Walt Whitman's "Leaves of grass," which grew from 12 poems to over 400, is an even more dramatic example of how flexibly a work can be defined. Looking at a couple of the editions of this collection in HathiTrust, it seems clear that "In this our world" is a collection title, not the title of an individual poem. The puzzle becomes, does "In this our world" name a particular collection of poems, or does it name an expanding project on the part of Gilman like "Leaves of grass"? Note also that in OCLC, the only title for 1893 editions is "In this our world: poems" That being the case, we could argue that "In this our world and other poems" is actually a preferred title for a different work and not simply an expression of "In this our world," though it contains "In this our world."

Stephen

On Tue, Jul 18, 2017 at 11:56 AM, Adam L. Schiff <[log in to unmask]<mailto:[log in to unmask]>> wrote:

or another alternative for different work access points would simply be:


240 10 Poems. $k Selections (1893)

240 10 Poems. Sk Selections (1895)

Adam Schiff

________________________________
From: Adam L. Schiff
Sent: Tuesday, July 18, 2017 9:55:32 AM

To: [log in to unmask]<mailto:[log in to unmask]>
Subject: Re: manifestations with same title proper and author but different content


I think you just have to make a judgment as to whether the content has changed significantly enough to have created a new work rather than a different expression.  I don't know of any guidance other than personal judgment.



If you decide the compilations are different works then you wouldn't use $f in front of the date:
240 10 Poems. $k Selections (In this our world and other poems : 1893)

240 10 Poems. Sk Selections (In this our world and other poems : 1895)

or

240 10 In this our world and other poems (1893)

240 10 In this our world and other poems (1895)

Adam Schiff

________________________________
From: Program for Cooperative Cataloging <[log in to unmask]<mailto:[log in to unmask]>> on behalf of Jessica Janecki <[log in to unmask]<mailto:[log in to unmask]>>
Sent: Tuesday, July 18, 2017 9:48:20 AM
To: [log in to unmask]<mailto:[log in to unmask]>
Subject: Re: manifestations with same title proper and author but different content

Is your opinion based on the manifestation titles being the same? If they had different manifestation titles would you lean toward them being different aggregate works? I recently had a similar situation where the manifestation titles were the same but the content was completely different (completely different compilations of short stories by the same author).

Is there any guidance on when the content differs enough to become a new aggregate work?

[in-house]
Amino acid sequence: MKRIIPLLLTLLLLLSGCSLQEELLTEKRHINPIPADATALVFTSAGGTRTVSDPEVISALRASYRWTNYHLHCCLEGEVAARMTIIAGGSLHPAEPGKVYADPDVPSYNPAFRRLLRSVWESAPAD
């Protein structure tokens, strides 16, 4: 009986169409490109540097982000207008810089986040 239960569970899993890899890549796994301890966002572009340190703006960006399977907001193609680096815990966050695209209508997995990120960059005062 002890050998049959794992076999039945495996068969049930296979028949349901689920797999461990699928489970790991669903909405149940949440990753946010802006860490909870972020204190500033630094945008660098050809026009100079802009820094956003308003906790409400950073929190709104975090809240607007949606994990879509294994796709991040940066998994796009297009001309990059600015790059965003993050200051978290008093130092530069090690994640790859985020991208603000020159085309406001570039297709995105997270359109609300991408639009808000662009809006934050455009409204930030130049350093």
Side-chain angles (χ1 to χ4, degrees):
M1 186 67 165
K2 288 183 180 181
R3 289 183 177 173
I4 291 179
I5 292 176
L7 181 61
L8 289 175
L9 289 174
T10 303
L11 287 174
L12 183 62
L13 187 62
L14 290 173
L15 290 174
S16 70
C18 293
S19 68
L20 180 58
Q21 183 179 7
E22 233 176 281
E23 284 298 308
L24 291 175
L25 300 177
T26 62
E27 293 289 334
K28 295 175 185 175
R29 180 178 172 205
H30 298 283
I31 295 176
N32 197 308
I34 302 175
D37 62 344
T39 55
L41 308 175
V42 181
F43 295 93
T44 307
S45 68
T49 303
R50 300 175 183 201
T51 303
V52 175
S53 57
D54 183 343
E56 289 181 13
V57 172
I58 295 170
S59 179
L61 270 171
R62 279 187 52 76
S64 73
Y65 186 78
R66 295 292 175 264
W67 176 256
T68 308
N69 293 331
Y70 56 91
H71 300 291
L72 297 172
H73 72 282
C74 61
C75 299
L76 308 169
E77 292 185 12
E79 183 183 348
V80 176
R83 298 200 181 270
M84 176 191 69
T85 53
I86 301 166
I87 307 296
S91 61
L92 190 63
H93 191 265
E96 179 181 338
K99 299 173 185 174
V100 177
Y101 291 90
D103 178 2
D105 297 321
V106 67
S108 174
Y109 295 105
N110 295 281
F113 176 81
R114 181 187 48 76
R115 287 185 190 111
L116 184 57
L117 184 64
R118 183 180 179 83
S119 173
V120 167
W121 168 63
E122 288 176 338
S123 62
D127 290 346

Jessica

From: Program for Cooperative Cataloging [mailto:[log in to unmask]<mailto:[log in to unmask]>] On Behalf Of Adam L. Schiff
Sent: Tuesday, July 18, 2017 12:34 PM
To: [log in to unmask]<mailto:[log in to unmask]>
Subject: Re: [PCCLIST] manifestations with same title proper and author but different content


I would add $f 1893 to the first collection and $f 1895 to the second.  They seem like different expressions of the same compilation.  You would have a few options:



240 10 Poems. $k Selections (In this our world and other poems). $f 1893



240 10 Poems. Sk Selections (In this our world and other poems). $f 1895



or



240 10 In this our world and other poems. $f 1893


240 10 In this our world and other poems. $f 1895



Adam Schiff

University of Washington Libraries

________________________________
From: Program for Cooperative Cataloging <[log in to unmask]<mailto:[log in to unmask]>> on behalf of Jessica Janecki <[log in to unmask]<mailto:[log in to unmask]>>
Sent: Tuesday, July 18, 2017 9:06:20 AM
To: [log in to unmask]<mailto:[log in to unmask]>
Subject: manifestations with same title proper and author but different content

I have a collection of Charlotte Perkins Gilman’s poems, entitled “In this our world and other poems”. It was published in 1895.  However, it turns out that a compilation also entitled “In this our world and other poems” was published in 1893 but which contains over 50 fewer poems than the 1895 compilation. Although there is substantial overlap in the contents, to my mind 50 poems is a significant difference (the 1895 volume is 64 pages longer than the 1893 volume) and they are two different aggregate works. No editor is given for either volume and they are by the same publisher, which enhances the appearance of similarity.

I only have the 1895 volume, but even if I had the 1893 volume as well, I am not sure what is the best way to prevent confusion about the differences between the two volumes when I create a work record. There are 124 poems in the 1895 volume so I can’t make 500’s for all of them. Is there a note field I should be using (“Do not confuse with…”)?

This is the second time this has come up at my library this week, so if anyone has any advice, it would be much appreciated.

Thanks,
Jessica




--
Stephen Hearn, Metadata Strategist
Data Management & Access, University Libraries
University of Minnesota